The price of oil is a leading economic indicator. Now guess where the economy is going.

Jeanne Perdue | Jan. 16, 2009
Youre right on, David. This low price scenario is quite temporary due to the finite resource and growing population that wants a good lifestyle. Barring any disruptive technology, now is a good time to buy oil company stocks, as they are all "on sale" !!!
Love, Jeanne

Hivoltage | Jan. 16, 2009
I agree with what you say . Oil is too cheap now and replacement production with deepwater fields or oilsands certainly doesnt make sense at these price levels . Yet this is where most of the new production must come from in the next few years . Saudi Arabia is the key bellweather to future prices . They have the cheap oil and spare capacity for the moment but there WILL come a time where either geologic or above ground realities will cause a real shock to our cheap oil world . My concern is we will see real hardship before we can solve this looming crisis .

David Hines | Jan. 16, 2009
We do need to see oil stabilize. I work in the Permeium Basin. I have seen good times and bad times. This is just another cycle to bring cost back into line. The only thing is that out in this part of the country we cannot afford for it to stay down long because to many service companies have invested money in new equipment, and with out work they will go belly up. With out sufficent service companies to handle the volume of work, the cost for drilling a well will shoot back up and you wont be able to justify drilling a well at 75.00 oil in this part of the country. Hopefully something will give soon and give us all some stability before we end up in a bigger mess.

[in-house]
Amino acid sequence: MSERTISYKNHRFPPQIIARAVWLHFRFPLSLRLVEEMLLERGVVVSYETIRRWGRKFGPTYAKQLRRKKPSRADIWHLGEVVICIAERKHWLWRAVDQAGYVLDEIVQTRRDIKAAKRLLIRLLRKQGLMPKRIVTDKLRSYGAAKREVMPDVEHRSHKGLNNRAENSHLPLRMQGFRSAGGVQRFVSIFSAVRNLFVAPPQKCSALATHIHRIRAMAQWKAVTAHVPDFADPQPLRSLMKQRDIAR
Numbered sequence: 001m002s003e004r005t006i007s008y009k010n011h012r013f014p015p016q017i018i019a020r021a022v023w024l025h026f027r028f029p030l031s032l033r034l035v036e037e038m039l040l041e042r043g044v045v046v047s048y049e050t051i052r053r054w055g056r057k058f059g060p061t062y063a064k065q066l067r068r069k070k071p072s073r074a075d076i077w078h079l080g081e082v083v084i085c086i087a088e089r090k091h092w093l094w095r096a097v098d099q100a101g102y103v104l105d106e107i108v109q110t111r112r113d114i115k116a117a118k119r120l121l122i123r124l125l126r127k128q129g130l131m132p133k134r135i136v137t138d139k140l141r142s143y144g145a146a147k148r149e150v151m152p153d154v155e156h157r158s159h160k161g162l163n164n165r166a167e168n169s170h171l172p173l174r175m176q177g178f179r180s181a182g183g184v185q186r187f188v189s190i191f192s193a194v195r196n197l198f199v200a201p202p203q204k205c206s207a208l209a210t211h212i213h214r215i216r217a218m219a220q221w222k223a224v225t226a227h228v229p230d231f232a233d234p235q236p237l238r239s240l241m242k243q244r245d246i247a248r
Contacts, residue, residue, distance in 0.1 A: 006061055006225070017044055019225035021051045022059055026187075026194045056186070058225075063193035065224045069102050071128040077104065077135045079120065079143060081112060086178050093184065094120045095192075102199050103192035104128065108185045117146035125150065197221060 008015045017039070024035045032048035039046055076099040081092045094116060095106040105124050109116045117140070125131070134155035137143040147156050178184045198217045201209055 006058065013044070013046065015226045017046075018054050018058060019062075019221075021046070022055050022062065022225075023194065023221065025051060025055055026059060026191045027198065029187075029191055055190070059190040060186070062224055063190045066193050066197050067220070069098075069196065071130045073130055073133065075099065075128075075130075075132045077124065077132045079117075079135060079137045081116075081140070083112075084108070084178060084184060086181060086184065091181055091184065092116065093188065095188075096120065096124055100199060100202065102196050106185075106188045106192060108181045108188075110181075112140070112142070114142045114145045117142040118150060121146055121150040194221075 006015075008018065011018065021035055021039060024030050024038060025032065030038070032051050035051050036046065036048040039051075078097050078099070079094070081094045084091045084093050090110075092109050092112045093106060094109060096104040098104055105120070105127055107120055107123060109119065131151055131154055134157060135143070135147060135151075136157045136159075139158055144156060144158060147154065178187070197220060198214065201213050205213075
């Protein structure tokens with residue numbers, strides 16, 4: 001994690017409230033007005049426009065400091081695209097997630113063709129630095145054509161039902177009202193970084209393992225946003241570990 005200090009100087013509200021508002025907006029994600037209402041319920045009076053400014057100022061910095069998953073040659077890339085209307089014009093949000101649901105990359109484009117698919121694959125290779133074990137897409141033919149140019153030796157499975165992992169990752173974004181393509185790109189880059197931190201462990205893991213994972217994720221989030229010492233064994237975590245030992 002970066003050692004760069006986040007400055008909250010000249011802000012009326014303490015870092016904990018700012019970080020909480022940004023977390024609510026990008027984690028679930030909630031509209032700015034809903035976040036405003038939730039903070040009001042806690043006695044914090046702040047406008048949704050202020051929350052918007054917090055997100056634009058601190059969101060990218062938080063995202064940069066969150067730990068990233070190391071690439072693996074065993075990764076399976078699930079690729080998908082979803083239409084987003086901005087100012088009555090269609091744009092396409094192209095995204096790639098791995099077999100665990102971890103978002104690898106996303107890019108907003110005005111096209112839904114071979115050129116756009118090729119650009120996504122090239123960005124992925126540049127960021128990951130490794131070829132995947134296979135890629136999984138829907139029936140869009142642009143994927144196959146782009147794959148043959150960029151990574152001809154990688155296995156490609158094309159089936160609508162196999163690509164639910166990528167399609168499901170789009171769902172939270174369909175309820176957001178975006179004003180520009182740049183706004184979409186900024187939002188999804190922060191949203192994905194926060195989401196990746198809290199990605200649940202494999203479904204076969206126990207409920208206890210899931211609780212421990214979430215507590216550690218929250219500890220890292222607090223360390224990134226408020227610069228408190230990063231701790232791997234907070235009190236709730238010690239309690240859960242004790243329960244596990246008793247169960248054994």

Edward A. Nieto | Jan. 16, 2009
I agreed with other colleagues statements on to keep oil prices from hitting $150 pb or higher and consequently US economic from collapsing further. Alternative energy thoughts are vital elements to be considered on a long term policy plan, but we have to concentrate now on domestic oil, ANWR, shale oil sands, coal to liquid, nuclear, etc. These are part of an inmediate solution. oil price on the rise from current levels ($40-$50 pb)is not a possibility, it is a reality.

Don Westlund | Jan. 16, 2009
I agree with all of your comments especially about population growth. There is so much data to look at now that I dont know how a rational person can come to any other conclusion.

Below is a comment by Albert Bartlett about the need to address population growth:

Many journalists look to the scientists for advice. The scientists wont talk about overpopulation, so the journalists and the reading public can easily conclude that overpopulation is not a problem. As a result, we have things such as the cover story in TIME Magazine, April 9, 2007, "The Global Warming Survival Guide: 51 Things You Can Do to Make a Difference." The list contained such useful recommendations as "Build a Skyscraper," (No. 9, Pg. 74) but not one of the 51recommendations deals with the need to address overpopulation!

Whats one to do when scientists and political leaders demonstrate their understanding of the fact that overpopulation is the main cause of these gigantic global problems, yet the scientists recommendations for dealing with the problems never call for addressing overpopulation?